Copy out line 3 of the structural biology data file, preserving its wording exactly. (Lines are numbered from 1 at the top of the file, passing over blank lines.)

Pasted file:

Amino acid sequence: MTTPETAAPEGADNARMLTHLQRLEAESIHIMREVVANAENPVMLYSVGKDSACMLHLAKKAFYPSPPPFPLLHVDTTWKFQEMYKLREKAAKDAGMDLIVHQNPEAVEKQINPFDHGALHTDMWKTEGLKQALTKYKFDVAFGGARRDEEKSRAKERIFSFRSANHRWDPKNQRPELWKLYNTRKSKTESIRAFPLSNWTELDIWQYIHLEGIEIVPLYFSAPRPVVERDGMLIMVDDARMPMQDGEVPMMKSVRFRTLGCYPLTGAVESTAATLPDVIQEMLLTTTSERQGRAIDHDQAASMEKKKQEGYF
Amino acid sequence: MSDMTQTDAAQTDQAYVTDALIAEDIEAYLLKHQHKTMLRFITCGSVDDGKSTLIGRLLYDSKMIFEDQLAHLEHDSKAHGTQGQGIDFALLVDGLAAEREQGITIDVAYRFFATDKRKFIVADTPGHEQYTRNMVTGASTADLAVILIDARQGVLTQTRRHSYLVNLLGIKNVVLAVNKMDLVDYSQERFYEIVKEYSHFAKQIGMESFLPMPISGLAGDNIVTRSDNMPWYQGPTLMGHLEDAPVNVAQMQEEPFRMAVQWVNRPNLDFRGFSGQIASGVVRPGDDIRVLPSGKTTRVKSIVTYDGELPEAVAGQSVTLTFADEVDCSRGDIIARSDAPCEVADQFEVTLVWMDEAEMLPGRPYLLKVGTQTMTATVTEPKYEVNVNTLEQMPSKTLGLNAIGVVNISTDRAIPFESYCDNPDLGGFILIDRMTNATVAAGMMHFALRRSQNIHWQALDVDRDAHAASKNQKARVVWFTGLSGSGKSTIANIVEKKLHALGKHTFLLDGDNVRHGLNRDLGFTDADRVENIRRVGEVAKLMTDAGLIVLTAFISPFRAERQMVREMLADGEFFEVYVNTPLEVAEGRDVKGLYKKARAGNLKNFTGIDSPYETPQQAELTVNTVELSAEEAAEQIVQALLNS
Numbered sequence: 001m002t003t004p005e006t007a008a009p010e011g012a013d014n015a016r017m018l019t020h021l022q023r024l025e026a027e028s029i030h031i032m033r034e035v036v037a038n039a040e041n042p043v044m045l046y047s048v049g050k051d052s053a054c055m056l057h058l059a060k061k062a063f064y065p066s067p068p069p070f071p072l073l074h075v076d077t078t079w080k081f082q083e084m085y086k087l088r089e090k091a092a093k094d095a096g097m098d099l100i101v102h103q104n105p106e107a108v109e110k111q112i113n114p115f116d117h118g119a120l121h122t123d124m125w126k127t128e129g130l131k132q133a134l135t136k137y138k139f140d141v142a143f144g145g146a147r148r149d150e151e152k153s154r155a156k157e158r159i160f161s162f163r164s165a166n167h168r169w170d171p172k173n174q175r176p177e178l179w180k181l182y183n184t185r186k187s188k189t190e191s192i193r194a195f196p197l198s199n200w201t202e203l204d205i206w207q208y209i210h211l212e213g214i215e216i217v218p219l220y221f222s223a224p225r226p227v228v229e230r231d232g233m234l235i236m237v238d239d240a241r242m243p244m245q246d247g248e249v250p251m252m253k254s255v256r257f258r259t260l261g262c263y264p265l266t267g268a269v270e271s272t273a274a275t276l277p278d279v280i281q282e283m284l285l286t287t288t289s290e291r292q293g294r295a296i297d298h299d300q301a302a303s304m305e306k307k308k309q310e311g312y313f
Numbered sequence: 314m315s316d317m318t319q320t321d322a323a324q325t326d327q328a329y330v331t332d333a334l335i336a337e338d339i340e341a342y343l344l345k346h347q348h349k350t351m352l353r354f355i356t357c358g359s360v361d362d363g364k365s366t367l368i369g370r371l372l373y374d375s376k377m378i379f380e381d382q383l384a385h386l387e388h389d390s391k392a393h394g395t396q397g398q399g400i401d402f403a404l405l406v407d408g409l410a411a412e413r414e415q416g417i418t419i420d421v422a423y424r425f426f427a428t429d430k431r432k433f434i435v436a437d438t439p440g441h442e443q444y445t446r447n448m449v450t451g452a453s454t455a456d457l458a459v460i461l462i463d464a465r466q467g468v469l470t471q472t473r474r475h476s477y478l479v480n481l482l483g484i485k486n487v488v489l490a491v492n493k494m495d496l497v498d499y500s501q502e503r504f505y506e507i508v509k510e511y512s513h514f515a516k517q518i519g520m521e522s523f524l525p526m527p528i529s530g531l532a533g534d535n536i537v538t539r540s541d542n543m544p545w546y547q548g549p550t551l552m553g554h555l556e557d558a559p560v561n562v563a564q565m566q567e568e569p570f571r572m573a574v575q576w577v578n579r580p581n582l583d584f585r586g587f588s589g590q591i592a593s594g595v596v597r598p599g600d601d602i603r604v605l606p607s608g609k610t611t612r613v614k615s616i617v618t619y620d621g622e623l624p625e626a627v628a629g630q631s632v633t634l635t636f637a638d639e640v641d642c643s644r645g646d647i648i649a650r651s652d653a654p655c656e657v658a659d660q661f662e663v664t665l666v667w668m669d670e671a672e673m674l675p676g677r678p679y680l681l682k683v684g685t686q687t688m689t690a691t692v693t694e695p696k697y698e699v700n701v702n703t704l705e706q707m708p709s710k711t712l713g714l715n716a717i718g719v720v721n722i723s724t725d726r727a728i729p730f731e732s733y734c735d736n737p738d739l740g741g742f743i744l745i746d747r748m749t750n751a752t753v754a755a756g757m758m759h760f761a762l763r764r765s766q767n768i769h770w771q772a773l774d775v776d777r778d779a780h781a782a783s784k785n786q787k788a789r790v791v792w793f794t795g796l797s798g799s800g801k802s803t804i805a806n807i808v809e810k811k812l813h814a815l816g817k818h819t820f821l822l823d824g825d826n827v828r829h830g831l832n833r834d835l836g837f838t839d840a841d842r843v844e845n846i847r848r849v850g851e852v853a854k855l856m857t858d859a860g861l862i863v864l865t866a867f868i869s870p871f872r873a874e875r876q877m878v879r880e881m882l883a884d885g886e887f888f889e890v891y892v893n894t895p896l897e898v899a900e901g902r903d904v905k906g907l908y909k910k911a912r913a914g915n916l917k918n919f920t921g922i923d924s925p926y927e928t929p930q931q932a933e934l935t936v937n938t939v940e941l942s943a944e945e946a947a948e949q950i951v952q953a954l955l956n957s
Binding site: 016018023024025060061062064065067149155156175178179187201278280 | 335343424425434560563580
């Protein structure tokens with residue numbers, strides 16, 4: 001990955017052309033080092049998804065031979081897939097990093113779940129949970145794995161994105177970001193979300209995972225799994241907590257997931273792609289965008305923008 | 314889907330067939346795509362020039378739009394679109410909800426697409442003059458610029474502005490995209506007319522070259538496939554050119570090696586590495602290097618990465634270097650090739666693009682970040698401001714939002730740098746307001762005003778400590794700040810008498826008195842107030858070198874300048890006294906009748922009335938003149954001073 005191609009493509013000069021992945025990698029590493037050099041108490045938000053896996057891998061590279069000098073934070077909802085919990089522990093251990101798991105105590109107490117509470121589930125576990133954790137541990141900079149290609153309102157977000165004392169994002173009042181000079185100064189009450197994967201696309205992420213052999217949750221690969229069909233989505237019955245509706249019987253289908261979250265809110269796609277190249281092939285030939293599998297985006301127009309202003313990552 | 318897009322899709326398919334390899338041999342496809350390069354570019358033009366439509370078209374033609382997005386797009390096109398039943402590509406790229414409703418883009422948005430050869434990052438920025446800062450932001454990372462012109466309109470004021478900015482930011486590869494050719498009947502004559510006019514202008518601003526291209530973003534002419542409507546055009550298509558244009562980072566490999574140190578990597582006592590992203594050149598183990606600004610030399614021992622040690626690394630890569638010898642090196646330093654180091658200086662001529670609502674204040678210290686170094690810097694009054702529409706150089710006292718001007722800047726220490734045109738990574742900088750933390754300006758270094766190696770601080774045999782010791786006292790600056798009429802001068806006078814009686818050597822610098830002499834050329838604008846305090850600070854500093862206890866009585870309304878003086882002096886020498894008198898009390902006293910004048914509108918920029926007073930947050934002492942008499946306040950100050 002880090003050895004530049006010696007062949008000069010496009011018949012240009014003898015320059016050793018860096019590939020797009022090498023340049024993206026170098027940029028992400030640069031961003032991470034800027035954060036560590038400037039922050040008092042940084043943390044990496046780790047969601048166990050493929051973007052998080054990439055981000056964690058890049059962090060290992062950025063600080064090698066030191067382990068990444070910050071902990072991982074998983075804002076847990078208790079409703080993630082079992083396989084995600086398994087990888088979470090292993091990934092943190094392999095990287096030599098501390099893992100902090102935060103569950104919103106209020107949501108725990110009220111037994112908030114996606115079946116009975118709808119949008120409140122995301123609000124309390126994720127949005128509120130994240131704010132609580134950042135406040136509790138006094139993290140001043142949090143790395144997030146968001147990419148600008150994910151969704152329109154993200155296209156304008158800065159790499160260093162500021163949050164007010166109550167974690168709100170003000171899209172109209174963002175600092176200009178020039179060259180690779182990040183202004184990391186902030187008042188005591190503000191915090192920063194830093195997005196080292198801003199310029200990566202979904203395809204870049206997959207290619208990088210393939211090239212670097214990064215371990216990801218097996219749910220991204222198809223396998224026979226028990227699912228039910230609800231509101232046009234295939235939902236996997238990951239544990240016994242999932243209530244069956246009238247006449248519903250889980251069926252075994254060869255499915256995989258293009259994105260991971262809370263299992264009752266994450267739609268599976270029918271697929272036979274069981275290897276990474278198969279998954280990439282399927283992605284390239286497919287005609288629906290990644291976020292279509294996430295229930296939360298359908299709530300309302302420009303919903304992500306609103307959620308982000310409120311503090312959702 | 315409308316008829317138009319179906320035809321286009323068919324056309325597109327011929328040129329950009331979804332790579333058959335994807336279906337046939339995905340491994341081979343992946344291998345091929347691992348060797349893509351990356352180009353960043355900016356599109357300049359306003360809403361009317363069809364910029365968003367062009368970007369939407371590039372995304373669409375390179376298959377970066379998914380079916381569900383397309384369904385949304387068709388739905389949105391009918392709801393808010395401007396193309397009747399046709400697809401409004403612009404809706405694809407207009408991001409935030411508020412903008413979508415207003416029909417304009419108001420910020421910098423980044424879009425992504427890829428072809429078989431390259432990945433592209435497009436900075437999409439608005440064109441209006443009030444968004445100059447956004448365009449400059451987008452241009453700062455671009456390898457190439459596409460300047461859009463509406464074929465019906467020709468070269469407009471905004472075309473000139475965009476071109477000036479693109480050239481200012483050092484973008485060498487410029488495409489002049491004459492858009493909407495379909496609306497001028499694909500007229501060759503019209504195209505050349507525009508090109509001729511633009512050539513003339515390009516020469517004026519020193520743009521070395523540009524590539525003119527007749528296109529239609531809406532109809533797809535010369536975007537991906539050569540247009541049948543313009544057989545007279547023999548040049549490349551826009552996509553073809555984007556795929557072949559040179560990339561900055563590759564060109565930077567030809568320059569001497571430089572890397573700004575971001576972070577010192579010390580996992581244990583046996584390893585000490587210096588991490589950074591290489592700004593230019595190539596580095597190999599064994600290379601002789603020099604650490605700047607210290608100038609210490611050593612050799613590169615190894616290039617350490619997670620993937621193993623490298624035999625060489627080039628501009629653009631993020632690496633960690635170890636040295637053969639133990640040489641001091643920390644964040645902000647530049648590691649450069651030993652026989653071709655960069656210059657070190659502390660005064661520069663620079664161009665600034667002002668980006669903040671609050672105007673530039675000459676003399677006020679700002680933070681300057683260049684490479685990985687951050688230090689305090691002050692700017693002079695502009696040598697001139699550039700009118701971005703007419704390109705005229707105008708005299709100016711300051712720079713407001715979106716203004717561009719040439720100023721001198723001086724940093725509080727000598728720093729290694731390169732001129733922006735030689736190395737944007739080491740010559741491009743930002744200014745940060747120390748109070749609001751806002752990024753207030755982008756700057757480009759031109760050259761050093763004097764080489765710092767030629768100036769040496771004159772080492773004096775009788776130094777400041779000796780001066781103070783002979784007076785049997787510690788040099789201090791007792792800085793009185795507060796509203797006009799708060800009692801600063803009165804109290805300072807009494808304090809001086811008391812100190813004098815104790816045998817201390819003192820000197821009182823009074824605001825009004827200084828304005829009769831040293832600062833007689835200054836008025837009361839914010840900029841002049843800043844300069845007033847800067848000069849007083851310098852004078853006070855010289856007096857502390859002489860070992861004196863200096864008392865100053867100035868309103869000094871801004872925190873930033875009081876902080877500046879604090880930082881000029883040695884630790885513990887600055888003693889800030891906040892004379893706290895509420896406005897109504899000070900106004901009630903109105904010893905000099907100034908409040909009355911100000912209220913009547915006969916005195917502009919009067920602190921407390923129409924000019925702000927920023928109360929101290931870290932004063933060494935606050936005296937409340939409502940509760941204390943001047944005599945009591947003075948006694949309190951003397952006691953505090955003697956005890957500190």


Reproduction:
Numbered sequence: 001m002t003t004p005e006t007a008a009p010e011g012a013d014n015a016r017m018l019t020h021l022q023r024l025e026a027e028s029i030h031i032m033r034e035v036v037a038n039a040e041n042p043v044m045l046y047s048v049g050k051d052s053a054c055m056l057h058l059a060k061k062a063f064y065p066s067p068p069p070f071p072l073l074h075v076d077t078t079w080k081f082q083e084m085y086k087l088r089e090k091a092a093k094d095a096g097m098d099l100i101v102h103q104n105p106e107a108v109e110k111q112i113n114p115f116d117h118g119a120l121h122t123d124m125w126k127t128e129g130l131k132q133a134l135t136k137y138k139f140d141v142a143f144g145g146a147r148r149d150e151e152k153s154r155a156k157e158r159i160f161s162f163r164s165a166n167h168r169w170d171p172k173n174q175r176p177e178l179w180k181l182y183n184t185r186k187s188k189t190e191s192i193r194a195f196p197l198s199n200w201t202e203l204d205i206w207q208y209i210h211l212e213g214i215e216i217v218p219l220y221f222s223a224p225r226p227v228v229e230r231d232g233m234l235i236m237v238d239d240a241r242m243p244m245q246d247g248e249v250p251m252m253k254s255v256r257f258r259t260l261g262c263y264p265l266t267g268a269v270e271s272t273a274a275t276l277p278d279v280i281q282e283m284l285l286t287t288t289s290e291r292q293g294r295a296i297d298h299d300q301a302a303s304m305e306k307k308k309q310e311g312y313f